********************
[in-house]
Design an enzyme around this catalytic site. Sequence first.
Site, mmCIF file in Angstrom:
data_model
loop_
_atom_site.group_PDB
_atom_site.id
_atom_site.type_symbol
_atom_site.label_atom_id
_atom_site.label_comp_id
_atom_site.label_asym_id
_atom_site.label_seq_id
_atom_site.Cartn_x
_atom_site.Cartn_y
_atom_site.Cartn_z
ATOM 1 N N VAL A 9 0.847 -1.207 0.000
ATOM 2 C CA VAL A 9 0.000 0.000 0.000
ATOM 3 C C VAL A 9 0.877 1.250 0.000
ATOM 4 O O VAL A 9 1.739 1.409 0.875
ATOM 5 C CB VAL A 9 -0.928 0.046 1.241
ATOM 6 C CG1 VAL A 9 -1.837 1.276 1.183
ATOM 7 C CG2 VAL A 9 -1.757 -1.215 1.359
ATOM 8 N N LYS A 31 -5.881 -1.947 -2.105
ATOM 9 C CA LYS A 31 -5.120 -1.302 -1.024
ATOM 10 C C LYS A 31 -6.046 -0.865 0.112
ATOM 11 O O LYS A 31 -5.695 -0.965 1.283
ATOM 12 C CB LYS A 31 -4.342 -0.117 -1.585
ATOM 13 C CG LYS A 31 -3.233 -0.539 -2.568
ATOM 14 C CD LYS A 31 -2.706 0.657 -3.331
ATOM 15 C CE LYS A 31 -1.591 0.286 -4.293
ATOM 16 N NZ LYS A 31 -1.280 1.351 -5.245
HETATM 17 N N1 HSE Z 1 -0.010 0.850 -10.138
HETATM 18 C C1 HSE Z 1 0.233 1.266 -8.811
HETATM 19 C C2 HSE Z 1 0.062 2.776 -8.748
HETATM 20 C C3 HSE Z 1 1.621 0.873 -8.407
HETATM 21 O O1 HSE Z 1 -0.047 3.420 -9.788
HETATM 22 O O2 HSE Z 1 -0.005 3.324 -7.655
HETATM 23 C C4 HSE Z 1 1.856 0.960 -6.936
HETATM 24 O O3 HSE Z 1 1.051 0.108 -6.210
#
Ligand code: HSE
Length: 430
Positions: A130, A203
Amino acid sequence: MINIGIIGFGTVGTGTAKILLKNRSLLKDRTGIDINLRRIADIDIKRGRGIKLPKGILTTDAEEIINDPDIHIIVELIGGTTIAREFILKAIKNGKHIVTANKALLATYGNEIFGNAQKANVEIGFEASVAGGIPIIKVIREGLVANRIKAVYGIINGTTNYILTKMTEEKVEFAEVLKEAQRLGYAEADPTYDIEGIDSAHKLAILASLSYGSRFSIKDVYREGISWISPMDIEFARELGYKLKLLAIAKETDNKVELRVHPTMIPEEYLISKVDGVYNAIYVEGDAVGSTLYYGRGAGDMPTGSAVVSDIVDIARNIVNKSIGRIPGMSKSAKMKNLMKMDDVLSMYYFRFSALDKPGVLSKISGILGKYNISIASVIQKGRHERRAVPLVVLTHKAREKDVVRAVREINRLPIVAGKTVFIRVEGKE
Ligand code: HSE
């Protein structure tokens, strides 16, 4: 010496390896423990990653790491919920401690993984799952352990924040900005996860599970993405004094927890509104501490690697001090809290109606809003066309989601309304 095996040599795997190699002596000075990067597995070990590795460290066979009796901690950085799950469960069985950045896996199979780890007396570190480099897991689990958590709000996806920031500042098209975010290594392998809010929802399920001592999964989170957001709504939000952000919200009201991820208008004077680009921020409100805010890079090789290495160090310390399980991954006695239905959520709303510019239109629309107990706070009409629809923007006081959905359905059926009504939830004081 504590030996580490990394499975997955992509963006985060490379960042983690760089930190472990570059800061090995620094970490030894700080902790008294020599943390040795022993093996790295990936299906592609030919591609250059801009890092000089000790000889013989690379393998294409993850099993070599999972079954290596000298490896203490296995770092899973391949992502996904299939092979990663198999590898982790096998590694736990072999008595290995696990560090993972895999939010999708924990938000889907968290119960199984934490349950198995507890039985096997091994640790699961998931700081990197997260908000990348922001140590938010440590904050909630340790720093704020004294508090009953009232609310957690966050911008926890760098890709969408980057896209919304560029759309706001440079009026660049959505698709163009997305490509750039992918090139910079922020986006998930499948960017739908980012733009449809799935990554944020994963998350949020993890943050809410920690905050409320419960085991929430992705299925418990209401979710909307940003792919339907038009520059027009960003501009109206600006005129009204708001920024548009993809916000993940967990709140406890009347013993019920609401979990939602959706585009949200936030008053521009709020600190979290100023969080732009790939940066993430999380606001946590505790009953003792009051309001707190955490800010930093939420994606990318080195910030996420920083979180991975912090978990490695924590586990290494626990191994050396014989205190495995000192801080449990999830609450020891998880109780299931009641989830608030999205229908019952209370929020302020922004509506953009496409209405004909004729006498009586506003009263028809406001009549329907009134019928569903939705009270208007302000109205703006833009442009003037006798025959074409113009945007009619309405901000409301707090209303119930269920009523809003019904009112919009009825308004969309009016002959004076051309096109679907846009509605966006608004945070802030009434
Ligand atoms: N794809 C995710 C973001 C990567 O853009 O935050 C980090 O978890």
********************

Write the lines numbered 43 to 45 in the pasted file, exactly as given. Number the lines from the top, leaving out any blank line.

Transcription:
Positions: A130, A203
Amino acid sequence: MINIGIIGFGTVGTGTAKILLKNRSLLKDRTGIDINLRRIADIDIKRGRGIKLPKGILTTDAEEIINDPDIHIIVELIGGTTIAREFILKAIKNGKHIVTANKALLATYGNEIFGNAQKANVEIGFEASVAGGIPIIKVIREGLVANRIKAVYGIINGTTNYILTKMTEEKVEFAEVLKEAQRLGYAEADPTYDIEGIDSAHKLAILASLSYGSRFSIKDVYREGISWISPMDIEFARELGYKLKLLAIAKETDNKVELRVHPTMIPEEYLISKVDGVYNAIYVEGDAVGSTLYYGRGAGDMPTGSAVVSDIVDIARNIVNKSIGRIPGMSKSAKMKNLMKMDDVLSMYYFRFSALDKPGVLSKISGILGKYNISIASVIQKGRHERRAVPLVVLTHKAREKDVVRAVREINRLPIVAGKTVFIRVEGKE
Ligand code: HSE